Caroline: Calm, chaotic, it can be both at the same time and fun!

Steve: shallow in terms of red and dry! Definitely friendly and kids everywhere!

What made you want to revisit Balgo?

Steve: We were planning a trip around Australia in our caravan, and by now Patrick was with us, we talked to Patrick about Balgo, and he loved the idea, and because he is so resilient in terms of friends, we wanted to add Balgo to the trip. It was logistically a challenge to work out. We had a little Forrester and an on-road caravan.

Caroline: when we were at Kununnara we were checking the roads before driving towards Balgo, and a local was a bit shocked that we had a little Forrester, but it did get us to Balgo!

Steve: We always said with the group when we were in Balgo the first time that we would want to come back, so we always had it as an idea in our minds to go back.

Caroline: It was two years after we went in 2011, but this time we visited in July.

Steve: We were drawn to go back, and we wanted to share it with Patrick, and as teachers, we wanted to see when the school was going on rather than the students being on holidays. 

What advice would you give to someone who is thinking of visiting Balgo?

Caroline: Go for it, don't have any preconceived ideas as to what it will be like.

Steve: Go with an open heart and prepare to get to know genuine people on a deep level.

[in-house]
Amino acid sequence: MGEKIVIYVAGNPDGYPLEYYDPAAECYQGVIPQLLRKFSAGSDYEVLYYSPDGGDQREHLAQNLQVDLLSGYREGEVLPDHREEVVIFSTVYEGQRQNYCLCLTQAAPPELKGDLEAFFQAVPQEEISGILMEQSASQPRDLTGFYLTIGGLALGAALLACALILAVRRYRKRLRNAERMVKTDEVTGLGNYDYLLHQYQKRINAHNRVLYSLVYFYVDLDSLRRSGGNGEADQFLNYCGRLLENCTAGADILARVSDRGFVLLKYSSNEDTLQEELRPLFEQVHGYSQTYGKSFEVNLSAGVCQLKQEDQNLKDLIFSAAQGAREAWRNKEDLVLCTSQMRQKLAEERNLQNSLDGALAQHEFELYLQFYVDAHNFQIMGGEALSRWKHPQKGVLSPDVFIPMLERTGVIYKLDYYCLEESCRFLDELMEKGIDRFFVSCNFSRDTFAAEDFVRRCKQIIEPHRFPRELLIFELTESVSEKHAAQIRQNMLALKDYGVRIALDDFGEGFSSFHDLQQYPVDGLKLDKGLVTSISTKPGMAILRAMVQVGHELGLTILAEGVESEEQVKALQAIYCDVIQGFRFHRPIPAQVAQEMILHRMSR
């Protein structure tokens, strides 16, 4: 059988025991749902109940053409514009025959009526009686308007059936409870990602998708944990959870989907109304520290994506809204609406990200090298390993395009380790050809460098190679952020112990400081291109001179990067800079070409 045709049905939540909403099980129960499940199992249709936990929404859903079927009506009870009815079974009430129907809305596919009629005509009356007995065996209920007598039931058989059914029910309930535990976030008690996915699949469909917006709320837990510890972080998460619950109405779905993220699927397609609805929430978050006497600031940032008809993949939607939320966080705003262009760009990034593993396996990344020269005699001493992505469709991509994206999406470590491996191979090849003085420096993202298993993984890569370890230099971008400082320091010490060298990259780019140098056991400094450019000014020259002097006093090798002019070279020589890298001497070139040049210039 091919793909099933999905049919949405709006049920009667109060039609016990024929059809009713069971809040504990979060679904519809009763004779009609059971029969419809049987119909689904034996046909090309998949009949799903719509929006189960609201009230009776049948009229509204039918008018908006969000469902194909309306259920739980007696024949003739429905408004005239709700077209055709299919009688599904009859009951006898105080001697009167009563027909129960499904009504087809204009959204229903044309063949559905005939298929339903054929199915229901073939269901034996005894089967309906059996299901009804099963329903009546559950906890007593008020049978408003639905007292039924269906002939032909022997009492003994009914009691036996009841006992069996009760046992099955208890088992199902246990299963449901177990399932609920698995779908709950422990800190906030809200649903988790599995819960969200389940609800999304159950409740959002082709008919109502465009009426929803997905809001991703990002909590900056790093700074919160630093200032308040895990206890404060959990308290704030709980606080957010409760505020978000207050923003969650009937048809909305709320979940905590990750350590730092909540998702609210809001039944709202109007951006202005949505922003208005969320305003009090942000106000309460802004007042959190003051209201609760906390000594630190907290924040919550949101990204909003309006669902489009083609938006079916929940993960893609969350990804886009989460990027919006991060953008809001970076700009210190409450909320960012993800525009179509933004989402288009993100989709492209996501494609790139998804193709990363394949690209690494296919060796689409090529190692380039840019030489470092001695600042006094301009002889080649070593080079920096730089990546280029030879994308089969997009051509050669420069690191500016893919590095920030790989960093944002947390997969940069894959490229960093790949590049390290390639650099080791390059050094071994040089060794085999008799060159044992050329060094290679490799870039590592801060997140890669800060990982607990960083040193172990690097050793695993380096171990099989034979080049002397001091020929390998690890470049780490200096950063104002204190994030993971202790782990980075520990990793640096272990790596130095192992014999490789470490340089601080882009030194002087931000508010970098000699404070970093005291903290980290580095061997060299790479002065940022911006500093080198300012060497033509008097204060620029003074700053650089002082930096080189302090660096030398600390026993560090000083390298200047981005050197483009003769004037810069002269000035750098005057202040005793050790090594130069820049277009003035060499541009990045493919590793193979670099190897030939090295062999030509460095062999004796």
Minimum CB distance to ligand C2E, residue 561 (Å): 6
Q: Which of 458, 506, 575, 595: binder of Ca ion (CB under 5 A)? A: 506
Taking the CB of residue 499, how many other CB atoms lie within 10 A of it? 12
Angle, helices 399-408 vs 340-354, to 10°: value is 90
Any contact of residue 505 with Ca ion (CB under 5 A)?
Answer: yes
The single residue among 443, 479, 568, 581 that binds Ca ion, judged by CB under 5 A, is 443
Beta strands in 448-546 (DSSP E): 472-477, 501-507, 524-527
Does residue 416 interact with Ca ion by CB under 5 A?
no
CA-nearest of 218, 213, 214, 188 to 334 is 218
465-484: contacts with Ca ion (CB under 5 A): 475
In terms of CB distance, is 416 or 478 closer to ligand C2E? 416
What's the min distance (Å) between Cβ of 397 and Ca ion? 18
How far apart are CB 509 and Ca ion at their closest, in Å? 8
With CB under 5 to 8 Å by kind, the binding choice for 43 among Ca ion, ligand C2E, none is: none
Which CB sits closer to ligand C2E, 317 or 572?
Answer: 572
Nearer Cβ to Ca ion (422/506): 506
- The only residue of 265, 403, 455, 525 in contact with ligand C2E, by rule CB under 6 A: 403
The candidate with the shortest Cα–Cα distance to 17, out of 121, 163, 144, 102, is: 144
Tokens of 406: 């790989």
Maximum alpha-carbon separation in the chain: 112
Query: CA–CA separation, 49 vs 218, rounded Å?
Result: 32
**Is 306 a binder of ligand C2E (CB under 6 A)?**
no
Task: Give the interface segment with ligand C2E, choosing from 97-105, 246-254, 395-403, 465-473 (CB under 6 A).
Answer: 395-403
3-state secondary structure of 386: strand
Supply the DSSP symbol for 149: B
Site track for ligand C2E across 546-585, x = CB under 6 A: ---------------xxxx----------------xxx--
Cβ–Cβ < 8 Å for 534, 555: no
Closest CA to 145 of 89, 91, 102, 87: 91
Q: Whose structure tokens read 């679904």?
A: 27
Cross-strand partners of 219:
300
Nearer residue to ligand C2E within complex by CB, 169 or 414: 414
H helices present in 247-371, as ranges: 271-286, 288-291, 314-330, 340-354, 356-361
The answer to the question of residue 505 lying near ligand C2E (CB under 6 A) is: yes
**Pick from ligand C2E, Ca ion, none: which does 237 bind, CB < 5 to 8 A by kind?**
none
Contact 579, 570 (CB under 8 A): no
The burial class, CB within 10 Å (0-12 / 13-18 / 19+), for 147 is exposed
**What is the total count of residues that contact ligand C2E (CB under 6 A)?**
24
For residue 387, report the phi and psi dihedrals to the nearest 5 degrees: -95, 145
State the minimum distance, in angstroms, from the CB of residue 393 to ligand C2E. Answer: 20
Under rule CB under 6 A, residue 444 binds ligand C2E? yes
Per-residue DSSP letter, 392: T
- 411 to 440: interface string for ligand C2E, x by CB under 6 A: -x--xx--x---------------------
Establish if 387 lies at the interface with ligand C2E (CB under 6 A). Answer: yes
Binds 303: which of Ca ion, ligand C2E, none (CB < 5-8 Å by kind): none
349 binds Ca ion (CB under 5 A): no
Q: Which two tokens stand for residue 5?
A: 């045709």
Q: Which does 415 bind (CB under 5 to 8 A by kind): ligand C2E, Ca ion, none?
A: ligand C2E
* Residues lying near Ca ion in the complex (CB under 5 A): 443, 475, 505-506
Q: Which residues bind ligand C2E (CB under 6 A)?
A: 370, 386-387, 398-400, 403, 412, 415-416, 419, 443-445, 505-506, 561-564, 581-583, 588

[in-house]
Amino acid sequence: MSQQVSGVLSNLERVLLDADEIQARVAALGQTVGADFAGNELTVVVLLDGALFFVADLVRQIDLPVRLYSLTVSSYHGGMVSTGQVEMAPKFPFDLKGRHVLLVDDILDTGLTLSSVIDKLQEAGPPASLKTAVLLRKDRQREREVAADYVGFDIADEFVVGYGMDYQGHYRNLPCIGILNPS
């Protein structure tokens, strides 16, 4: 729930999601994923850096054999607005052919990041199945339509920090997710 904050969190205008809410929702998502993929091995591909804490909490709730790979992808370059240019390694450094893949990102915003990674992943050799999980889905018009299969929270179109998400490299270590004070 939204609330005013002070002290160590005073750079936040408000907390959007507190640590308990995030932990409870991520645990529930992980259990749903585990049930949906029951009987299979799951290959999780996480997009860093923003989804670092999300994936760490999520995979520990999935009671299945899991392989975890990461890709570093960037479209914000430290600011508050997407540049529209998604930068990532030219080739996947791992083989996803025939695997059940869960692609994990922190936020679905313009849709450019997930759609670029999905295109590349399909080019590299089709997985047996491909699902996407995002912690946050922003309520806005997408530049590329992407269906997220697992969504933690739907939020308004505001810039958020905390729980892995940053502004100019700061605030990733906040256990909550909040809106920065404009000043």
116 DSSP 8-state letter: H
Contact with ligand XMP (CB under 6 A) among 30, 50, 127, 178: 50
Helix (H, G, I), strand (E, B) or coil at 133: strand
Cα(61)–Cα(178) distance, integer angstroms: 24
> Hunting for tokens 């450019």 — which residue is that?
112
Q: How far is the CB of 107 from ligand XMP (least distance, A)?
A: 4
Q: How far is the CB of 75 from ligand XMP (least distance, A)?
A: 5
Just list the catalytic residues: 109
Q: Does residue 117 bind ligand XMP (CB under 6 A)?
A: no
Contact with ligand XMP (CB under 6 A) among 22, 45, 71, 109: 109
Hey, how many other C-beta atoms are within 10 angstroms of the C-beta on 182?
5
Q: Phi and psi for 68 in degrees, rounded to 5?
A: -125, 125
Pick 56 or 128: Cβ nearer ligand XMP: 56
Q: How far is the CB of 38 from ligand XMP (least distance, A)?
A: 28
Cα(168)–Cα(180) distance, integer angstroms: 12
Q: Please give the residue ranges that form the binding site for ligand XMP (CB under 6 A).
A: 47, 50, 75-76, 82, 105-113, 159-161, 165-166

Caroline: Don't feel 'too white' because they don't care. Steve and I volunteer with Aboriginal people here, mainly youth, and the stereotypical anger that people think Aboriginal people have, it just isn't there. They're a unique group of people. The summer camps are such a huge opportunity!

What is your role at the moment?

Steve: I'm the mathematic leader of learning, and we became Catholic in 2014, and we felt more closer to the Lasallian family ever since. In terms of retreats and missionary days as such, I've probably been doing less since we have become parents. But we are a more prominent part of our parish now, and I'm on the parish council too.

Caroline: I started singing in the church choir but have also started singing lessons, so I'm very active in the church choir. I was leading Catholic Women Connecting too, which is a CWL founded this younger women's group, and I led that for two years and am not at the moment. I was casual teaching, and at the moment, I've got a permanent position as a Publicity/Library Assistant at O'Connor. I like that because I can see the kids regularly. As a casual teacher, I felt very part of the school, but it's nice to see them regularly, and I like that the role is a real helping role, like staffs, students and the principal.

Do you have a role model?

Caroline: I just thought of a Nun from the Sisters of Mercy who taught me piano when I was younger. She had a bit of an influence in me becoming a Catholic because I told her a couple of years before she passed that 'we might convert one day' and she had a lot of time for a lot of people and was so caring. Her actions spoke loudly, so I try and live my life that way through volunteering and doing things for other people, it keeps me positive and happy myself.

Steve: my role model is Nelson Mandela. I am half South African and my grandparents came over from South Africa in the 1960s, so that's been a family thing about social justice and treating people somewhat. For him to stand up for that so well and successfully is inspiring.

What advice would you give to your younger self?

Caroline: Don't worry about the small stuff and about what people think.

Steve: Don't be afraid! Try more different things and be brave.

 

Author: Julia Goonan
About: Creative Writer, Lasallian Mission Services